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I patiently waited this year for October to arrive, and a few days ago I saw that they were picking olives in the distance. This time I did not hesitate, I took my camera and walked over to where they were. It was there that I met one of the kindest families from Podstrana. From the moment I introduced myself, I had never felt so well received by strangers, and they did not hesitate for a second to allow me to accompany them and document their work. For me, it was a great relief, since at some point I overthought that they would feel invaded by my presence both on their property, and in a time where they can share their privacy in a traditional family activity. But they didn't bother, and I think they were not only impressed and glad to hear me speak Croatian, but they may have been happy to see someone genuinely interested in learning more about olive picking.

The father, Jozo, dedicated almost three hours to telling me everything about his olive trees and olive oil, while he collected olives along with his wife and son. Jozo and his son Ivo educated me on the technique used to carefully extract olives from the trees, using a small plastic rake to ''brush'' the branches full of olives, as well as the high quality of these olives, called ''Levantin'', for the subsequent oil production process that would come later. The weather was perfect, as it felt like a summer day infiltrated in the fall, with a radiant sun that did not burn your skin. Still, the shadow of a twenty-year-old olive tree protected us. All you could hear was Jozo's endless but nourishing olive lessons, as well as these constantly falling like rain from the tree over the blue plastic carpet.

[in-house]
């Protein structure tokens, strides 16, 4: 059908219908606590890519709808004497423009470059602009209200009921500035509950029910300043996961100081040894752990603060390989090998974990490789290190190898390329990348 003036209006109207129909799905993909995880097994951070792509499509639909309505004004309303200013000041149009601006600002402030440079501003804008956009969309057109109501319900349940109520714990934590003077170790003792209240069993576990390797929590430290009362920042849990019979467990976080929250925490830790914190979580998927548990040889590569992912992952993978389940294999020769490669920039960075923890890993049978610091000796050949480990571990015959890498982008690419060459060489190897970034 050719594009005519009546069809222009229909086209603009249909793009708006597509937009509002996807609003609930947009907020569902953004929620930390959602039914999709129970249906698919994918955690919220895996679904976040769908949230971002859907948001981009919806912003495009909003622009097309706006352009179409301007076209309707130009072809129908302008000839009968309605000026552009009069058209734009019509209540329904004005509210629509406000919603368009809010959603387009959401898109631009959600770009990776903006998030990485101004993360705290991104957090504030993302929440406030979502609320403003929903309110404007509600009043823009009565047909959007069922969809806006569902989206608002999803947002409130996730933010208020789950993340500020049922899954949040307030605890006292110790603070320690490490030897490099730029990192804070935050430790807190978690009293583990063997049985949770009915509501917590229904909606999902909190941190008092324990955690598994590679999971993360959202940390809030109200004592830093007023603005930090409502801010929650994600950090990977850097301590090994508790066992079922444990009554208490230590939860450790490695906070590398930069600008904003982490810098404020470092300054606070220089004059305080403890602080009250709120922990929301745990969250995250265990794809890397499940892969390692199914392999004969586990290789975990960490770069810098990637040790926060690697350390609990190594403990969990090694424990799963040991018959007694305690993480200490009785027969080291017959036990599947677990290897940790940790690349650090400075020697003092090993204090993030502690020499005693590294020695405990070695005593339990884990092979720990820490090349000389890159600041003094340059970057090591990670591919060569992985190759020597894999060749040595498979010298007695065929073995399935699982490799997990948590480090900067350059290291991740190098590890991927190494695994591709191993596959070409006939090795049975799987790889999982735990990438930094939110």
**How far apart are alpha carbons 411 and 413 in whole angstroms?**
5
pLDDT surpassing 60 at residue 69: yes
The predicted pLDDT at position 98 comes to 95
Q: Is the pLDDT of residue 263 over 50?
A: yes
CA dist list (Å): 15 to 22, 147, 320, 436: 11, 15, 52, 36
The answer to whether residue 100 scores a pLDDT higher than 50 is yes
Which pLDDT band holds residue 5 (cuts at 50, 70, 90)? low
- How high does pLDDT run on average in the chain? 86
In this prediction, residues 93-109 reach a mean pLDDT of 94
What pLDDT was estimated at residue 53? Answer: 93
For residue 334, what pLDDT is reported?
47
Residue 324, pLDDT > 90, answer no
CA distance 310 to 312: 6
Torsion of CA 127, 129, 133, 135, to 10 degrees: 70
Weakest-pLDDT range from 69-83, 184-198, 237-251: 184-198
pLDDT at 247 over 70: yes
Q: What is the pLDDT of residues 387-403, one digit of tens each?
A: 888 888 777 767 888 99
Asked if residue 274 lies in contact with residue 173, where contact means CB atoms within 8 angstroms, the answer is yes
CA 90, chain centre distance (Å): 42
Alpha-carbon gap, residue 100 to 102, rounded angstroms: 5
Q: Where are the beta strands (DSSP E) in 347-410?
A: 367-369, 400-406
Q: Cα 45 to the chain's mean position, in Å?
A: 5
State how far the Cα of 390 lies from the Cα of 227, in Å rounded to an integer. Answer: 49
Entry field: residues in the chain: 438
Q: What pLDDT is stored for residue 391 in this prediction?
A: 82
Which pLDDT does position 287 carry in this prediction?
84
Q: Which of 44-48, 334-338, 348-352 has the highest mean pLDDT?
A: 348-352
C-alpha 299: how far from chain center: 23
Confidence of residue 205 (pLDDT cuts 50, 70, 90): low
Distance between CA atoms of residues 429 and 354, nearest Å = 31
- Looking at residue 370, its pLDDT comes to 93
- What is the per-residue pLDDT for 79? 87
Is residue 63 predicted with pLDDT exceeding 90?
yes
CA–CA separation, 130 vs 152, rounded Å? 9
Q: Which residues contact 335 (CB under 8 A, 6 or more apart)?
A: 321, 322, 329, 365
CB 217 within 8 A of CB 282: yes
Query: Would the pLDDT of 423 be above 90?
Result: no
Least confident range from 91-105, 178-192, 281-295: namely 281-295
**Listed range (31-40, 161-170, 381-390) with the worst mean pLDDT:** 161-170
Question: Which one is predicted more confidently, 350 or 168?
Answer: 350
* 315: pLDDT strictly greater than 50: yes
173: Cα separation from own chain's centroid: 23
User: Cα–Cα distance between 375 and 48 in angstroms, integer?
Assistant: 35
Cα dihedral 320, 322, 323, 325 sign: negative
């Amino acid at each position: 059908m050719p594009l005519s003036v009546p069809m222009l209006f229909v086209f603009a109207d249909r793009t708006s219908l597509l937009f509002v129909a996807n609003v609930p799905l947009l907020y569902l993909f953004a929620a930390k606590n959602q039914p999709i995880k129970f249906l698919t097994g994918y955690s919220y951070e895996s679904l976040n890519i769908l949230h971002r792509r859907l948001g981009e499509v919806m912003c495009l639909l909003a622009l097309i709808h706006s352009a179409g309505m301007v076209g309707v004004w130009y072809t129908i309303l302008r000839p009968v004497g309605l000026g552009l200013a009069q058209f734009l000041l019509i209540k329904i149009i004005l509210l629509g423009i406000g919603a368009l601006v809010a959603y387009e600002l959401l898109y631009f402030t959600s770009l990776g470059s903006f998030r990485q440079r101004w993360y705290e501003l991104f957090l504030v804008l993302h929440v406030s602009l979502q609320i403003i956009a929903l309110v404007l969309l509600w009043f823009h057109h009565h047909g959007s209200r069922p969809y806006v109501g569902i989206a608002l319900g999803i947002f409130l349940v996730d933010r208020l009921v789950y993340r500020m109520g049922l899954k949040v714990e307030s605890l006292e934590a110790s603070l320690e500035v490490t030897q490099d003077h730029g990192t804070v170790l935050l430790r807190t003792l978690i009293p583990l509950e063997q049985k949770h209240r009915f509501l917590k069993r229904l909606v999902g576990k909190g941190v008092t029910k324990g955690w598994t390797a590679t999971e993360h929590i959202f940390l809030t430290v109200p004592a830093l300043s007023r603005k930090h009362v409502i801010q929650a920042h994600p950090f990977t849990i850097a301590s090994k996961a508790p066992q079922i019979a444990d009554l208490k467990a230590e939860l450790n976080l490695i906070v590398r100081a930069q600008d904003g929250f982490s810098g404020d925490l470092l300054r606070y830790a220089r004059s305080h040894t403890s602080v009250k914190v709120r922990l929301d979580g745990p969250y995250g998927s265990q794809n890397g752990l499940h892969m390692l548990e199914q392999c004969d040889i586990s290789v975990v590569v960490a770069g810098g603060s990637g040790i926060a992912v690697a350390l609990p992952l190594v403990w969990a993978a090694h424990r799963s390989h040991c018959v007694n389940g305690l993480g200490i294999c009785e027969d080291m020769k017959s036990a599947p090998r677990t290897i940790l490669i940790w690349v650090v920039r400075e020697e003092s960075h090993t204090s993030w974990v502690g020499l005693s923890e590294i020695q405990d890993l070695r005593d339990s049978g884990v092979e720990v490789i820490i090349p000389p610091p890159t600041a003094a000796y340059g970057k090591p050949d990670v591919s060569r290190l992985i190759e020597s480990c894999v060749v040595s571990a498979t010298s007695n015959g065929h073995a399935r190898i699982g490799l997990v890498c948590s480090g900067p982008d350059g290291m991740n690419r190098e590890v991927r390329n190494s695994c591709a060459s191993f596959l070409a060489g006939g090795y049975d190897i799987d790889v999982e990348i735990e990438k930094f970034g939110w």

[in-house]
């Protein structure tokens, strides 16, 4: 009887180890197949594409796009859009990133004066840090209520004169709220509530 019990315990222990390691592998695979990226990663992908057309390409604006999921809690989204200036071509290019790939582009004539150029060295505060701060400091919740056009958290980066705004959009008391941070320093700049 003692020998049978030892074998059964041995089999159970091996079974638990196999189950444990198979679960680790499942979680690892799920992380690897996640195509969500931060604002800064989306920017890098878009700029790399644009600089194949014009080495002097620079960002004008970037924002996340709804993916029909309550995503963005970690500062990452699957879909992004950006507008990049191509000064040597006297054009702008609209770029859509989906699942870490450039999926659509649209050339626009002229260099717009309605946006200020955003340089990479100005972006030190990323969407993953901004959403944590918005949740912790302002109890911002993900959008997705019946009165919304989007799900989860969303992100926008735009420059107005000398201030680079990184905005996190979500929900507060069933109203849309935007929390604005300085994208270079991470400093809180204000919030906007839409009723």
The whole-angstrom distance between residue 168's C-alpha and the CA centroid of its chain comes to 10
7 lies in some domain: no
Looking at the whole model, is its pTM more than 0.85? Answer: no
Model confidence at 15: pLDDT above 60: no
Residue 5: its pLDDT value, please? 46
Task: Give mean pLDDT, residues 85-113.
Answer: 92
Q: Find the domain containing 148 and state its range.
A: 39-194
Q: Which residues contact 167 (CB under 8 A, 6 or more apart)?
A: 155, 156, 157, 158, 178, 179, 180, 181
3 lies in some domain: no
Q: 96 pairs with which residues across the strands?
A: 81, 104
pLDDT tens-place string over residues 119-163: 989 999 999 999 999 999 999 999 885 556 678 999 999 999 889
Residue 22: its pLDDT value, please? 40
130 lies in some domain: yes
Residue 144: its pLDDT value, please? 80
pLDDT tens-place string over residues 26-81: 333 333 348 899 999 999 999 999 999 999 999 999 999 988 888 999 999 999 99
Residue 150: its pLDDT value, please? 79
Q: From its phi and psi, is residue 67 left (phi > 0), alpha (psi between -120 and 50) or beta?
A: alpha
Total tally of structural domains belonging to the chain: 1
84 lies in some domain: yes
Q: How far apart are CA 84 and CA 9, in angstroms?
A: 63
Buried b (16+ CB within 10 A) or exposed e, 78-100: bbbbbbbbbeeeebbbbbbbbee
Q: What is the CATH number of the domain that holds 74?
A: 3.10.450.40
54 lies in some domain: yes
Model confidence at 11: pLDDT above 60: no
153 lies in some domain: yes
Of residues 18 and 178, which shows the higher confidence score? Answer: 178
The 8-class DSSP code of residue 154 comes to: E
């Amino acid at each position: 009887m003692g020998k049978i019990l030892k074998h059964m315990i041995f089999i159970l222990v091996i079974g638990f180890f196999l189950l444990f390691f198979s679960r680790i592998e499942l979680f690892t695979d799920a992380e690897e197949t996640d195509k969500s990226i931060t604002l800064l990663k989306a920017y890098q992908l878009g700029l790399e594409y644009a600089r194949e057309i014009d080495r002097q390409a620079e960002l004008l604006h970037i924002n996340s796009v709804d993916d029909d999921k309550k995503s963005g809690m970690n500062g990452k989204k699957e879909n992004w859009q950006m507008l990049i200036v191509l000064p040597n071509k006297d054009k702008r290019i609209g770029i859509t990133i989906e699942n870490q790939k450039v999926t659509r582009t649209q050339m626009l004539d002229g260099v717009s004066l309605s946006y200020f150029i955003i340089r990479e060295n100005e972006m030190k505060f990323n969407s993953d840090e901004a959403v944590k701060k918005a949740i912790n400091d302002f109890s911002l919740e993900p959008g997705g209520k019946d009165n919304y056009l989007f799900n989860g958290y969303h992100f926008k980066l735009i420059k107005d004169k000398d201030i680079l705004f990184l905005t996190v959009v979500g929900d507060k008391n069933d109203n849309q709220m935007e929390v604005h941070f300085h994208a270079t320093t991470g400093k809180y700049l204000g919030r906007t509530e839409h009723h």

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After three hours of a lot of learning and thousands of olives scattered on the ground, it was time to go and it was time for the family to collect all the olives in bags. It was a very fruitful afternoon for everyone, as I returned home with much more knowledge about olive picking as well as numerous photos and videos, and they returned home with almost 150 kilos of olives, from a single tree! According to Jozo himself, this particular year had been a very good one for his olive trees, and the gentle climate was key for them to produce so many olives.

Before I left, I exchanged phone numbers with Ivo, and it was there that I passed them the photos I had taken and, soon, a small short film that I will prepare about this particular experience of olive picking. They also promised me a bottle of their olive oil, which I look forward to trying soon.

It has been one of those (few) days and anecdotes in which I return home with a real smile, and that reminds me of how right my decision to come to Croatia was, and how close I am to being able to adapt to this beautiful country. If there is one thing I am sure of, it is that I will not be able to die in peace without at least one olive tree in my future home!

Here are some pictures I took from this wonderful day of olive picking in Podstrana:

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When it comes to olive oil, Croatia is one of the leading countries in the industry. From Istria to Dalmatia, you can find all the information you need to know about the origins, processes, and where to buy Croatian olive oil on the Total Croatia page, now in your language!

For more news like this, make sure to check out our dedicated lifestyle section.

Sunday, 17 October 2021

Vodnjan Oil Mill Opens Most Modern Oil Mill in Croatia